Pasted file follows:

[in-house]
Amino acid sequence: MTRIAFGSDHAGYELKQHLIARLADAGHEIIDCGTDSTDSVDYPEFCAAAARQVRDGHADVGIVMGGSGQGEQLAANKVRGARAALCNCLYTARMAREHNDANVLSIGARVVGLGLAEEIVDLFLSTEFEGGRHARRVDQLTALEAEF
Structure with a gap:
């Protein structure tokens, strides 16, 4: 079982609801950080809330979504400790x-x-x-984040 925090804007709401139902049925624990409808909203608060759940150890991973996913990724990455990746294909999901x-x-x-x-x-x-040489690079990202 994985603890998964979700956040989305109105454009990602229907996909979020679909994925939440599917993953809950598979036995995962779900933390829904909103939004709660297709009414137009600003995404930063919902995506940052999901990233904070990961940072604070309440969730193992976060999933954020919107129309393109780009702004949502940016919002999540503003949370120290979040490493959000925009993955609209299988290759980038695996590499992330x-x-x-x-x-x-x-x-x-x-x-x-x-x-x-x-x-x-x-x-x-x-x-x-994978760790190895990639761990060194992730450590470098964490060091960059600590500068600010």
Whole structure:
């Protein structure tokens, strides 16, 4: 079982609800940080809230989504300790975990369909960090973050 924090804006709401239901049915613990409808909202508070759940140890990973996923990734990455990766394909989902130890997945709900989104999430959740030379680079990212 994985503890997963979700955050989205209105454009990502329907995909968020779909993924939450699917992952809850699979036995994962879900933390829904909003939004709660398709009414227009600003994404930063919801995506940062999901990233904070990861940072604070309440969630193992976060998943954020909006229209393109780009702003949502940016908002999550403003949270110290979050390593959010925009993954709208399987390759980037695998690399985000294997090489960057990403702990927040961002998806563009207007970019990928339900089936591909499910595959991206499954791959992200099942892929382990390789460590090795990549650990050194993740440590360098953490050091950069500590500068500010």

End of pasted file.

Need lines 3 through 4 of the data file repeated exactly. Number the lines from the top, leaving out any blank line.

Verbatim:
Structure with a gap:
């Protein structure tokens, strides 16, 4: 079982609801950080809330979504400790x-x-x-984040 925090804007709401139902049925624990409808909203608060759940150890991973996913990724990455990746294909999901x-x-x-x-x-x-040489690079990202 994985603890998964979700956040989305109105454009990602229907996909979020679909994925939440599917993953809950598979036995995962779900933390829904909103939004709660297709009414137009600003995404930063919902995506940052999901990233904070990961940072604070309440969730193992976060999933954020919107129309393109780009702004949502940016919002999540503003949370120290979040490493959000925009993955609209299988290759980038695996590499992330x-x-x-x-x-x-x-x-x-x-x-x-x-x-x-x-x-x-x-x-x-x-x-x-994978760790190895990639761990060194992730450590470098964490060091960059600590500068600010």